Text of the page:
Hong Kong talks fail to offer way forward
Much anticipated talks between pro-democracy students and government fails to explore way to resolve crisis
The long-awaited talks between Hong Kong’s student protesters and the government took place Tuesday evening with little sign of progress in resolving the stand-off.
Comments from Chief Secretary Carrie Lam and, in the run-up to the talks, Chief Exective Leung Chun-ying appeared to leave the door ajar for possible concessions to the students, who are demanding free elections to select the territory's top politician in 2017.
Lam said the current election framework was not the final blueprint and Leung, who did not take part in the talks but spoke to reporters beforehand, said the panel for selecting the candidates for the chief executive post could be "more democratic.”
However, student leader Alex Chow described the concessions as "hollow and illusory.”
The two-hour talks, set around a conference table with Lam and four suited officials facing fresh-faced students in black T-shirts emblazoned with the slogan Freedom Now, were shown live by the RTHK state-funded broadcaster.
In Admiralty district, where the largest protest site has been for more than three weeks, demonstrators watched proceedings on large screens, cheering their leaders and jeering Lam when she spoke.
Lam, the second highest-ranking official in the former British colony, said Beijing and the Hong Kong authorities had heard protesters' concerns about political reform.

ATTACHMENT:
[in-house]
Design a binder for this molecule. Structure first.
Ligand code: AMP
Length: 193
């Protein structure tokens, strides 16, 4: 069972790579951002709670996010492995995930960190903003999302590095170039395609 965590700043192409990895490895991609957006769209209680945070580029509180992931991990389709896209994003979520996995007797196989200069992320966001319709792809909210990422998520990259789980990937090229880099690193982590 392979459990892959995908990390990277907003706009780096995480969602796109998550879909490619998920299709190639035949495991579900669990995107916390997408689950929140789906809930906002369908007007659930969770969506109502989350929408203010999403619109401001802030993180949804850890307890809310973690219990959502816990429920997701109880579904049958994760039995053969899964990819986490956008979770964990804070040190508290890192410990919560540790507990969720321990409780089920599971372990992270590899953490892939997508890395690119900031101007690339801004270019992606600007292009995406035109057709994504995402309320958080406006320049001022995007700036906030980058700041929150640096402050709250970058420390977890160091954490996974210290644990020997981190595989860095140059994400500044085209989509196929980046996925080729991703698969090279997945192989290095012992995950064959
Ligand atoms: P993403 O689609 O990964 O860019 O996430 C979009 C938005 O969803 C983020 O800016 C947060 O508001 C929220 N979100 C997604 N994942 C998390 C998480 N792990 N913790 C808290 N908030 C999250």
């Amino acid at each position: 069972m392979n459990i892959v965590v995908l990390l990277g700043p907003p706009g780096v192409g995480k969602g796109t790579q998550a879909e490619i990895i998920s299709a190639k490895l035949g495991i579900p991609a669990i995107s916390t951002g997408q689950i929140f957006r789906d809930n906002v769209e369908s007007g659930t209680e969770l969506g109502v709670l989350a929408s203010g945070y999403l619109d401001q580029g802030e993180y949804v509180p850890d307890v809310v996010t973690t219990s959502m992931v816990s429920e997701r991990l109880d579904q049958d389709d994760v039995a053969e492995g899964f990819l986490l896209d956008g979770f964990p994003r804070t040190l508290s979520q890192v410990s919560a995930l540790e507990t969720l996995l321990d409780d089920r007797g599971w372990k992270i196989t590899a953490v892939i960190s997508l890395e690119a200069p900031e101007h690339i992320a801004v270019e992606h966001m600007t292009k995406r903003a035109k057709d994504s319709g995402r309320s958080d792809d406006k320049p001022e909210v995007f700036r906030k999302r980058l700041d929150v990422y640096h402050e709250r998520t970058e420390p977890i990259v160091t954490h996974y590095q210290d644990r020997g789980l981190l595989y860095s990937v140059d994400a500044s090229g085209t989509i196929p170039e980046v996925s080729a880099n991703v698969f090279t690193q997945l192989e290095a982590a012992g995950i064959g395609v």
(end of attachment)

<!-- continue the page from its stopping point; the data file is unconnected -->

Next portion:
The government would consider submitting a report to China's communist leadership about the public reaction to the framework set out by the National People's Congress Standing Committee for Hong Kong in August, she added.
The committee established plans for a 1,200-member nominating committee that would put forward two or three candidates for the 2017 election. The protesters expect the committee would be packed with party loyalists and offer little in the way of true democracy.
They are refusing to leave the streets until they secure free elections.
Speaking at the meeting, Chow said: "We hope the Hong Kong government doesn't become an obstacle on the democratic road for Hong Kong people. But that it will help us dismantle these road blocks and to lead Hong Kong people to bring about true democratic reform.”
Lam stressed that open "civil nominations” were not possible and that students had been "clearly heard” in Hong Kong and Beijing but "no matter how high the ideals, they must be strived for through legal, appropriate and rational means.”
Addressing officials in his closing comments, protest leader Lester Shum asked: "Will you show leadership and be brave enough to take forward the democratic process or will you go down in history as the ones that deprived Hong Kong of democracy?”
Commenting on the debate, Lawmaker Ronny Tong, from the pro-democracy Civic Party, said he was disappointed.
"What struck me was that both sides treated the talks as a debate,” he told RTHK. "Each side was trying to convince the other side of their argument - there were no out-of-the-box solutions.”
Tong suggested that democratic lawmakers were unlikely to pass Beijing's proposal for the chief executive poll in its current form.
"In order to give pro-democracy lawmakers an incentive to approve Beijing's election framework, there must be a more positive, concrete response by the government in relation to political reform,” he said.
The talks came after Hong Kong’s High Court Monday ordered the protesters to leave the sites in Admiralty and Mong Kok.
Last Modified: 2014-10-22 09:08:49
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